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Why some of us don’t enjoy New Years Eve

Whether you love it, or loathe it, New Year’s Eve is often hyped up as the biggest celebration of the year.

And while critics may put their distaste for the event down to the unrealistic expectations it generates, a psychologist has revealed that deeper, subconscious feelings may be at play.

Speaking to FEMAIL, Australian clinical director at MindMovers Psychology, Jaimie Bloch, explained why many of us don’t look forward to bringing in the New Year, and how the date can be better approached. 


The end-of-year period can generate additional pressures which aren’t present during the rest of the year, Ms Bloch said.

There may be an increased demand to finalise a work project by the end of the year, which increases anxiety levels as time runs out. 

But there can also be a variety of new pressures that stem from our personal lives as we draw nearer to NYE. 

‘These stressors may include managing money … planning NYE, as well as holiday related schedules with the added stress of managing more interpersonal relationships than usual,’ Ms Bloch said. 


NYE’s association with a fresh start can cause people to start feeling anxious about change on the horizon.

‘The symbolism of NYE may increase levels of worry and anxiety for some, due to the pressure and anticipation of potential behaviour change related goals,’ Ms Bloch said.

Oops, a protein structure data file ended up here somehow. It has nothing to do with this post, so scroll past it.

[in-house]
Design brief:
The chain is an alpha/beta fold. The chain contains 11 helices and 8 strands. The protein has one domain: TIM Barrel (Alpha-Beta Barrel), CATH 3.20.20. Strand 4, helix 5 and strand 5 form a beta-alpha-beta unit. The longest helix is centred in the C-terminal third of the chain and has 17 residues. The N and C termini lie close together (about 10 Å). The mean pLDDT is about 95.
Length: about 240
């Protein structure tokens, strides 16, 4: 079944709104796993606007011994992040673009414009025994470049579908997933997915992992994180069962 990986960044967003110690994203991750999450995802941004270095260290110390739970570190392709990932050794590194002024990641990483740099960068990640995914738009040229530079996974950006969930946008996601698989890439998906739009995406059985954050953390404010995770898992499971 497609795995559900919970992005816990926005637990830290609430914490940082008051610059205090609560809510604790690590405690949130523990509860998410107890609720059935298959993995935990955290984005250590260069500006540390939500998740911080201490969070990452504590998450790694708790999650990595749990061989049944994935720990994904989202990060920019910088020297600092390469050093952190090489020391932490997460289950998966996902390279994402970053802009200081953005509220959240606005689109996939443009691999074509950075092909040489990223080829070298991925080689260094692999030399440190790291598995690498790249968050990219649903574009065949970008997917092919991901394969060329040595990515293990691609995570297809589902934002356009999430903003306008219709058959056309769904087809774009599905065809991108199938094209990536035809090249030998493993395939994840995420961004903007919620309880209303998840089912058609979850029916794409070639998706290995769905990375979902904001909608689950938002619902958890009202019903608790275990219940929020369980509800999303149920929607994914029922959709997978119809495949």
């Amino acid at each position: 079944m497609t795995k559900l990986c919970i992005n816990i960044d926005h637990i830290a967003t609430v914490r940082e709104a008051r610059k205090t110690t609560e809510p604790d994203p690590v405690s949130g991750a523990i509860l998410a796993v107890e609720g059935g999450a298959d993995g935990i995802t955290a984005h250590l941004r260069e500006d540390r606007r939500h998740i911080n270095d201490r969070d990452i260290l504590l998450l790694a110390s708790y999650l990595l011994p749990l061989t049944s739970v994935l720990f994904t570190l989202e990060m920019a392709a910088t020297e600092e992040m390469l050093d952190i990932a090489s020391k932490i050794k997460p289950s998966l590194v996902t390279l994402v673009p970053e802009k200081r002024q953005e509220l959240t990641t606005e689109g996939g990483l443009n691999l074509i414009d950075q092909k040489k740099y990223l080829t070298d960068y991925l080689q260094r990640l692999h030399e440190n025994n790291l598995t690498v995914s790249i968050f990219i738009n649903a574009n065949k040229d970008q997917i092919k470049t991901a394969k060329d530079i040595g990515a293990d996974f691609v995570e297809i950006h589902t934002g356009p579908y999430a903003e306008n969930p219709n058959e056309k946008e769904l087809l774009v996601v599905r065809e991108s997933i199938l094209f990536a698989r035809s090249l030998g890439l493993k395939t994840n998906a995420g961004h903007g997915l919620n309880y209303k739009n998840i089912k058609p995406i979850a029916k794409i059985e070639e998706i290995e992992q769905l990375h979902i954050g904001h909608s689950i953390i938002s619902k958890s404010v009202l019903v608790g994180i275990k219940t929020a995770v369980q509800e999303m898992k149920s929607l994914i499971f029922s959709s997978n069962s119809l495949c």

A diet overhaul, potential career switch or a promise to make other lifestyle changes can increase anxiety levels as the year’s finale draws near.   


‘Not only are there high expectations around the night of NYE, but there also exists the added expectation of being happy, fun and connected to others,’ Ms Bloch said. 

The behavioural expert added that the gathering of people during the holiday period can potentially highlight any existing feelings of social isolation, or a conflict with a family member or friend.  

In turn, NYE can exaggerate feelings such as sadness, loneliness, anger and grief, Ms Bloch said.  


Despite the cliche, it rings true that those who expect too much are often disappointed, Ms Bloch said.  

‘A big reason why there is a large number of people who no longer enjoy celebrating NYE is the let-down many feel after the night, as well as feelings of worry prior,’ Ms Bloch said. 

‘Research into why there is such a big phenomenon of disappointment linked to NYE found that people who had spent a lot of time planning and preparing, and anticipated enjoying the celebrations, were the most likely to feel the most disappointed.’


Ms Bloch said that keeping a lid on your expectations for NYE is the first step to better enjoying the night.

She added: ‘This doesn’t mean you can’t or won’t have fun. 

‘If your expectations of the evening are low, you are more likely to exceed them, which will then have a positive influence on your overall enjoyment and happiness for the evening.’ 

Ms Bloch also encouraged people to not place too much pressure on themselves to complete all their goals by the end of the year.  

‘There is no such thing as perfection. Take time out to breathe – the less stress you have, the more enjoyment you can experience during this busy time of the year,’ she concluded.

Original article posted on the DailyMail: http://www.dailymail.co.uk/femail/article-5196967/The-REAL-reason-dont-like-New-Years-Eve.html#ixzz56C2feVtN F

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